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New laws on gun crimes

I'd mentioned a while back that the county prosecutor's office here had adopted a position that they wouldn't plea bargain on any gun crimes:  no dismissing firearm specs, no reducing weapons offenses.

If they stick to that, figure Ohio's going to have to build some prisons after September 14, courtesy of SB 97.

That's when several new laws take effect.  First up is a modification to RC 2929.14(B)(1), which lays out the penalties for various specifications.  There's a 50% increase in the sentence for specifications, if the defendant's previously been convicted of one.  Here's how it breaks out:

Specification

Old Law

New Law w/ prior

Possessing

1 year

1 ½ years

Brandishing

3 years

4 ½ years

Silencer

6 years

9 years

From car

5 years

7 ½ years

At peace officer

7 years

10 ½ years

 

Keep in mind that any prior firearm spec triggers the increase.  For example, if you've got a client who picked up a one-year spec because he had a gun in the glove compartment of the car the cops found drugs in, if he happens to use a gun in a robbery, he's looking at 54 months additional time, not 36.

And that's not all.  We now have a new statute, RC 2923.132, which creates the classification of "violent career criminal":  someone who's been convicted of two or more "violent felony offenses" within the past eight years.  (And the time he's spent in prison, even on other offenses, doesn't count.) 

What's a violent felony offense?  It's not the same as an "offense of violence" under RC 2901.01(A)(9).  Arson is an offense of violence, but not a violent felony offense.  Domestic violence isn't a violent felony offense, unless it's a third degree felony.  But unlawful sexual misconduct with a minor is a violent felony offense, even though it's not an offense of violence.  Go figures.  

So what happens if you're a "violent career criminal"?  That's a separate offense:  if you "knowingly use" any firearm or dangerous ordnance, it's a first degree felony, and you're looking at a mandatory prison term of between two and eleven years.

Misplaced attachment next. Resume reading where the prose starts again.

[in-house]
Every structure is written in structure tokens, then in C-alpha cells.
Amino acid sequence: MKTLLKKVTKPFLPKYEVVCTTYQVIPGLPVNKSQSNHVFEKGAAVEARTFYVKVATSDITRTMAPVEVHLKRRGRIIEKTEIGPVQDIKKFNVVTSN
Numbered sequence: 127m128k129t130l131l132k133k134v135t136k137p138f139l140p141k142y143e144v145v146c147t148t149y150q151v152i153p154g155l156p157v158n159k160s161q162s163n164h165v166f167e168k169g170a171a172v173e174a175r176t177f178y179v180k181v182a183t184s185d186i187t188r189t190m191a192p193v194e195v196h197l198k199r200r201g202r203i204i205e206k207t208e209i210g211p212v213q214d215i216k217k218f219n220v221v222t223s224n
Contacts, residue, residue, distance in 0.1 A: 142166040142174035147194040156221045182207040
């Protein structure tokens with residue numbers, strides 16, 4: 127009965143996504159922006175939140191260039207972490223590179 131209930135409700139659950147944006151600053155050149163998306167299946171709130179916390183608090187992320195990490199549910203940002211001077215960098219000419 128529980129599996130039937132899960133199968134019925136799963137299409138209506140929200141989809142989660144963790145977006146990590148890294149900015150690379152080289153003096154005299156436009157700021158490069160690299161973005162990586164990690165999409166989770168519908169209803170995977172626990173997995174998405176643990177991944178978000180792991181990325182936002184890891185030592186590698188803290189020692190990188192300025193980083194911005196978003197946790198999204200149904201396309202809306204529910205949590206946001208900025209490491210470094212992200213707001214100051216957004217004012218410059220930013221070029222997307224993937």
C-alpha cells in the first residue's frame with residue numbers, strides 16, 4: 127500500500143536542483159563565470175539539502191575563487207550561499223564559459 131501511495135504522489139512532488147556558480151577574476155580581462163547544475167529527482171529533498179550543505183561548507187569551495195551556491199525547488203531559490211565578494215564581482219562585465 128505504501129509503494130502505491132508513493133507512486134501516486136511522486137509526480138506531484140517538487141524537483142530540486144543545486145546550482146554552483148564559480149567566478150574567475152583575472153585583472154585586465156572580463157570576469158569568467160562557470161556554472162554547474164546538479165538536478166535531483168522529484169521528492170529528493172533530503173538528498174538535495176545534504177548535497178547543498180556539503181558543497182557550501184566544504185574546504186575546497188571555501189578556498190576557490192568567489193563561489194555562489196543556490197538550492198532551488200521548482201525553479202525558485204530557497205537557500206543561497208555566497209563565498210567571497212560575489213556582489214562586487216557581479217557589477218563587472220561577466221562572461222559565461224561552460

A couple of points.  Note that the offense is using a firearm, not merely possessing one.  You could get some argument there, but since numerous other gun statutes make a distinction between the two, it's hard to see how the statute would apply to mere possession of a gun.  At the very least, there's an ambiguity, and the rule of lenity resolves that in favor of the defendant. 

Keep in mind, though, that for many if not most of the "violent felony offenses," a single offense disables you from possessing a weapon.  A weapons under disability offense could be the "use" necessary to trigger the violent criminal statute, if the defendant has any of the other offenses under 2923.132.

The bigger issue is the extent of the overlap between the "violent criminal" statute and the firearm specifications.  For example, let's say your client broke into a house where someone was "likely" to be present, but wasn't, and had sex with a 15-year-old.  That makes him a violent career criminal.  Then let's say he has a prior one-year-spec for a 4th degree felony trafficking charge.  And then he goes out and shoots at somebody from a car, and gets charged with felonious assault.  Under current law, he'd be looking at a minimum 10 years and a maximum 16 years - two to eight for the felonious assault, three for the brandishing spec, and five for the driveby spec.  (The two specs run consecutively.)

How about under the new law?  Try a minimum of 16 and a maximum of 31 years:  two to eight for the felonious assault, twelve for the enhanced firearm specs, and two to eleven for the violent career criminal charge.  (RC 2929.14(K) specifically provides that the penalty for being a violent career criminal runs consecutively to the underlying offense.)  And forget about arguing that the firearm specifications are allied to the underlying offenses.  The Supreme Court put that one to bed with its 2011 decision in State v. Ford, holding that firearms specifications weren't "offenses," they were "sentencing enhancements."

There is some limitation.  Under 2929.14(K), a court can't impose more than one sentence for a violent career criminal offense if the acts are "committed as part of the same act or transaction."  That's the same language that applies to firearm specifications, and the "same act or transaction" is broader than the analysis for allied offenses.

But there's one other thing to keep in mind.  All this is before we even get to the repeat violent offender provision.  There's some overlap with the "violent career criminal" statute, and that could result in the judge adding an additional two to ten years, and, in certain circumstances, having to impose the maximum sentence for the underlying offense, and having to add another two to ten years on top of that.

Five years ago, the legislature passed HB 86, which modified 158 sections of the Ohio Revised Code.  With one exception - increasing the maximum sentence for a first-degree felony from ten years to eleven years - every single one of those changes was designed to send fewer people to prison, and to reduce the sentence of those who were sent.  The motivation was simple:  to save money. 

Now we have this.  And the margins of the vote for passage - 88 to 8 in the state house, and 28 to 5 in the senate - prove the truth of the observation that nobody ever lost an election by being hard on crime.

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